Get to know the Sennheiser HD 280 Professionals.
Gaze upon the speaker element, and see a rather uninteresting black mesh that guards the driver. Few advances in the thin absorbent cloth industry mean that earwax and dead skin can still build up on it, but thankfully, you can wipe that all away.
Here too there is very little to note, as the backs of the s are rather featureless and unexciting.
The plastic and pleather band of the extends to fit varying sizes of skull, but it does have a considerable clamping force.
Coiled loosely and hanging from the left ear cup, the cable of the s is anywhere from 3.28 or 6.6 feet long, depending on how hard you yank on it. There are no in-line accessories like a remote or microphone.
At the end of that coiled cord is a 1/8th inch plug, threaded to allow the similarly threaded 1/4th inch adapter to fasten to the end.
The cableguards to the are fairly thick, made of rubber, and are unlikely to break or snap unless a violent force is brought upon the. It looks like they should be able to withstand most casual abuse, so don't lose any sleep over stuffing them in your bag.
Along with your headphones, the packaging to the s includes assorted documentation, and a 1/4th inch adapter.
Despite the lack of durability features, the s can actually withstand a decent amount of abuse before they stop working. The thick plastic housing, and overall well-built headphones can survive getting tossed around in a backpack or the occasional short drop and still work fine.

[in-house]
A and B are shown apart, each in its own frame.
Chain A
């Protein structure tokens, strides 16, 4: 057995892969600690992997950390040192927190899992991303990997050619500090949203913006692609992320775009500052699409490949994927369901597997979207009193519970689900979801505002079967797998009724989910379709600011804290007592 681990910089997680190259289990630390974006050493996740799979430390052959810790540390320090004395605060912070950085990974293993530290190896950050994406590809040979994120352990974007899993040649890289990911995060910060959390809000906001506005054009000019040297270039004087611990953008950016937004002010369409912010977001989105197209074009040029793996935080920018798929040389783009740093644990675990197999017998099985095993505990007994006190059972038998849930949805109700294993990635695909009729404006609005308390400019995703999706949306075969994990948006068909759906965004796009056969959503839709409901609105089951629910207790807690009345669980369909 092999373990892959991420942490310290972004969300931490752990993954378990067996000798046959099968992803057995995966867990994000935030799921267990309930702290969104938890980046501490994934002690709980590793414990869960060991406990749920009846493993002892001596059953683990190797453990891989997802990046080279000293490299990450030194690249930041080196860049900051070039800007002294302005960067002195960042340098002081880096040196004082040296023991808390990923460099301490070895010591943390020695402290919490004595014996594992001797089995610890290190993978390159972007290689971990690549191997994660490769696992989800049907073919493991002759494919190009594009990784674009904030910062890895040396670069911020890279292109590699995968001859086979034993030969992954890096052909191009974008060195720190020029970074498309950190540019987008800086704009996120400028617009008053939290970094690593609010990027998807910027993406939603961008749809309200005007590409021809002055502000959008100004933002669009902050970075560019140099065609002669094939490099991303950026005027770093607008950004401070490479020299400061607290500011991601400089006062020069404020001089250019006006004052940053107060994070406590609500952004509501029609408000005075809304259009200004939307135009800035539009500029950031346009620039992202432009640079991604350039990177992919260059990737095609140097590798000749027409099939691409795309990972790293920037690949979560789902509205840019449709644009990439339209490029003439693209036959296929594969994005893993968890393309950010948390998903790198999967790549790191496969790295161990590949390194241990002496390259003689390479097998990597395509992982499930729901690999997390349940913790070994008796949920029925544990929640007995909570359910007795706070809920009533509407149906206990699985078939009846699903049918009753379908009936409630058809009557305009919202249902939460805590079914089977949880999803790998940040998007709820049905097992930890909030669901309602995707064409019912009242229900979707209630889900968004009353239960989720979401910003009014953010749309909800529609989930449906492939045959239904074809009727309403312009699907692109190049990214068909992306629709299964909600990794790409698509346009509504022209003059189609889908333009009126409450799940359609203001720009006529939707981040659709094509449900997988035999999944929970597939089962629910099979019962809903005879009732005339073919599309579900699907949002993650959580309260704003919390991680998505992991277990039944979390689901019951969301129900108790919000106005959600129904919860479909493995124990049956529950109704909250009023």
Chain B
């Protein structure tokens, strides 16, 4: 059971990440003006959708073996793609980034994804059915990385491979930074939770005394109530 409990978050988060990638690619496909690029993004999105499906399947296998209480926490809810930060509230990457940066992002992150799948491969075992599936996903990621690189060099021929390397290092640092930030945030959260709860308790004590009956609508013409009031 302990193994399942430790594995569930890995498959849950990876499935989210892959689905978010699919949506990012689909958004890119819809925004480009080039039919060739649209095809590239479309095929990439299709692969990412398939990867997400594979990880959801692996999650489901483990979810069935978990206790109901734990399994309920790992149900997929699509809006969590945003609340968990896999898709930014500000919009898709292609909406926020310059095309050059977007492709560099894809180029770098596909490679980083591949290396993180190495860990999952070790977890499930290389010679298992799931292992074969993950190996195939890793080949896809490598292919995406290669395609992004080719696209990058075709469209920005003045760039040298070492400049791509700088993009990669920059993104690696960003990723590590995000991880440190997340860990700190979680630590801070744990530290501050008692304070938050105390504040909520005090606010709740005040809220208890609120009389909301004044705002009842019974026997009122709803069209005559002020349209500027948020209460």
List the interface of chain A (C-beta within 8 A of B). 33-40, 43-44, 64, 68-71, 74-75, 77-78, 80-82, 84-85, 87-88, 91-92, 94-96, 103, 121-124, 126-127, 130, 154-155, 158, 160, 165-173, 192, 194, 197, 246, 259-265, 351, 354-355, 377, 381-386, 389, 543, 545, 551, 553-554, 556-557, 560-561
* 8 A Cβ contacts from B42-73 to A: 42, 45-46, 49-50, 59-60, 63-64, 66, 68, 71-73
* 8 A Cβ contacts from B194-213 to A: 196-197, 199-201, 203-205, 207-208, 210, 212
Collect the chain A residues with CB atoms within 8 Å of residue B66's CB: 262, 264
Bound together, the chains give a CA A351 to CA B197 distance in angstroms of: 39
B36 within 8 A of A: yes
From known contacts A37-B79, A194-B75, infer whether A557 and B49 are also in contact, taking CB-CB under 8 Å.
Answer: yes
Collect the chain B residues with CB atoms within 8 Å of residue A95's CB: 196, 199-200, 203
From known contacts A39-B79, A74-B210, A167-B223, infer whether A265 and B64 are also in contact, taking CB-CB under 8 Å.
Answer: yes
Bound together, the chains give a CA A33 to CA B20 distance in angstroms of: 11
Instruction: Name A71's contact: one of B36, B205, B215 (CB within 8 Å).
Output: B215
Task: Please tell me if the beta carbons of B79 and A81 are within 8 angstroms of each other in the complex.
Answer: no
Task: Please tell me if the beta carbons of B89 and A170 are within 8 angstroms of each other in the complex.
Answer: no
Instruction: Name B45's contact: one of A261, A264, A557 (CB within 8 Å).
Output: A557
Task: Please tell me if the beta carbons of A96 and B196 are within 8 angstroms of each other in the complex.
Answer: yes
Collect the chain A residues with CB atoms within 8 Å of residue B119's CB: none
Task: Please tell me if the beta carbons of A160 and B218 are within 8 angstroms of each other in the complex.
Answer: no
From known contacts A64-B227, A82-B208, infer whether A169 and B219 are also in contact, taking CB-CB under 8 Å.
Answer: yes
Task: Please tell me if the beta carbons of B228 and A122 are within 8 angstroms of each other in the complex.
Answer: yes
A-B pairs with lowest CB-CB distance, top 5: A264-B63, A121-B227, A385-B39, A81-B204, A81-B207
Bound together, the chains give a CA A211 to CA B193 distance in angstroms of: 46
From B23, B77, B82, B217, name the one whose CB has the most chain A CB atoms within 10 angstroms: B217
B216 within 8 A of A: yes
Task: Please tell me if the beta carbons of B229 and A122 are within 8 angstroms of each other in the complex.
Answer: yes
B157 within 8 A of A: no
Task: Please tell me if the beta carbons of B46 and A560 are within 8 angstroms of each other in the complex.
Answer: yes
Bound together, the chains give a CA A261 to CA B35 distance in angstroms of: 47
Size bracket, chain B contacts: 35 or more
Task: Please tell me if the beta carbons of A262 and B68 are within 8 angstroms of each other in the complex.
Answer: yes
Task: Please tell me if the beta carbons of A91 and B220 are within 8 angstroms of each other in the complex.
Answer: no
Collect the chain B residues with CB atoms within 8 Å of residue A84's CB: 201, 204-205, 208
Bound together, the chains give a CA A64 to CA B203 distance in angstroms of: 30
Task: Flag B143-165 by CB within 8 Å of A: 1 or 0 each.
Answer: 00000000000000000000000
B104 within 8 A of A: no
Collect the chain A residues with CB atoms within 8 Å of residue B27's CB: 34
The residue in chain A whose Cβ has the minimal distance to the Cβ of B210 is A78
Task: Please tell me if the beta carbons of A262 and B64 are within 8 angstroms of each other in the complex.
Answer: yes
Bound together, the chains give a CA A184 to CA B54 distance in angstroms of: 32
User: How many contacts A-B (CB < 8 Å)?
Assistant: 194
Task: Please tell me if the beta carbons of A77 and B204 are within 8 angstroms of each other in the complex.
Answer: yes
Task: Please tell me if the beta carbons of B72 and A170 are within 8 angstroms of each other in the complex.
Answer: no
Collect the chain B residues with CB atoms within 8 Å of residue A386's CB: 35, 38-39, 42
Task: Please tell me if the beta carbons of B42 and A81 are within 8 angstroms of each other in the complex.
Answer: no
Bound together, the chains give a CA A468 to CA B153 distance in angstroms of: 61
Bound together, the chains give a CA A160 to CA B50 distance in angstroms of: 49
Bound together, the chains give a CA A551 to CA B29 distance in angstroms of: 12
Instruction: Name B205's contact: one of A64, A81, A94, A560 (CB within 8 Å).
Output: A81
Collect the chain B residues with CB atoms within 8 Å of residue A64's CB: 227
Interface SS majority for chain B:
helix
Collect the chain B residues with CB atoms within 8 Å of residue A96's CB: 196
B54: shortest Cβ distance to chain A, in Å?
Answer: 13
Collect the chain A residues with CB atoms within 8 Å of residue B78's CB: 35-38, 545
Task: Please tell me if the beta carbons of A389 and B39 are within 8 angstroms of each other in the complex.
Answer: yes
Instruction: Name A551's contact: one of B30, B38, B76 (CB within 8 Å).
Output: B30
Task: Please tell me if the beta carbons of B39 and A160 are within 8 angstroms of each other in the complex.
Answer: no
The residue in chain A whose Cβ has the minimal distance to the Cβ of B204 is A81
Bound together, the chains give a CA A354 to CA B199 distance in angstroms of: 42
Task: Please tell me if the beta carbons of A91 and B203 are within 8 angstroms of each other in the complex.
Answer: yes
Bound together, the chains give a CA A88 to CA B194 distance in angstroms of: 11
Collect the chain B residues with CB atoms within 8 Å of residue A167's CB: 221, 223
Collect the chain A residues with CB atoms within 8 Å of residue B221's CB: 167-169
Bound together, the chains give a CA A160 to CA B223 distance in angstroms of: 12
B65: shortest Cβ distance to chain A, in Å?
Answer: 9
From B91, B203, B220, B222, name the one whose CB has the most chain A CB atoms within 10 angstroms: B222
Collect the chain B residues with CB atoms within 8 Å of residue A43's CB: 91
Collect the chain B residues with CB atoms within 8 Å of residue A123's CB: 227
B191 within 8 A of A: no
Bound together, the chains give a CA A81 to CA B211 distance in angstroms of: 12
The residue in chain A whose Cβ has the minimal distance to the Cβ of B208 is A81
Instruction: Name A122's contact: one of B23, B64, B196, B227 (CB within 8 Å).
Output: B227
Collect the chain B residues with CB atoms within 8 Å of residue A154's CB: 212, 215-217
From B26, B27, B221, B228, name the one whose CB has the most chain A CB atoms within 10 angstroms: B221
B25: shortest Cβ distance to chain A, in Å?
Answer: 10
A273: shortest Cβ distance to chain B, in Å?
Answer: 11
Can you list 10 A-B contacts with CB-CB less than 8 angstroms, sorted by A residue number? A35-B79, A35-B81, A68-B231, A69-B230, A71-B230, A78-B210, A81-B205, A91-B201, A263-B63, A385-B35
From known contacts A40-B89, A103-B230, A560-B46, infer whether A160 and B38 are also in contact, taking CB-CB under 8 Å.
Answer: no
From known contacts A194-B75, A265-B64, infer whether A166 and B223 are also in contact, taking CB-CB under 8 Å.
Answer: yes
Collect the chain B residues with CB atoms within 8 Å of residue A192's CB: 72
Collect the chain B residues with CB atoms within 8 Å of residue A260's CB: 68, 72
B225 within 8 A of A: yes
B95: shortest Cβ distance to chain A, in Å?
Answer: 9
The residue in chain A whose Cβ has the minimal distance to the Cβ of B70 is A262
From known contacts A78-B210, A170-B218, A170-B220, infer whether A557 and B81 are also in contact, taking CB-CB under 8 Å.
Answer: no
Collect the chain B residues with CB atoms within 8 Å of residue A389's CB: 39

Well, these are definitely not the prettiest headphones at the party. With a very noticeable heft, relatively featureless back and a lot of cluttery and ugly text, these are not attractive headphones.
Aside from the rather prominent differences in channel preference along the range of audible frequencies, the response isn't all that bad: it's mostly flat, with only a few areas of minor emphasis or underemphasis. Still, you will notice severe swings in each channel, which could be exacerbated if you have any sort of hearing loss.
Over time, the fit doesn't really change a whole lot, so the s net about the same score here, save for a teeny tiny demerit for compounded discomfort over 6 hours. Yes, it hurt, but we do it all for you.
Aside from the ability to screw in a 1/4th inch adapter to the end of the existing plug, there's really nothing one could do to customize the s. Though you could void the warranty, we strongly recommend against it.
Leading out of the ear cup at the left channel, the coiled cable of the is 3.28 feet long if no force is applied to stretching the cable, and up to 6.56 feet when yanked on. It ends in a threaded 1/8th inch plug to allow a threaded 1/4th inch adapter to be fastened to the end.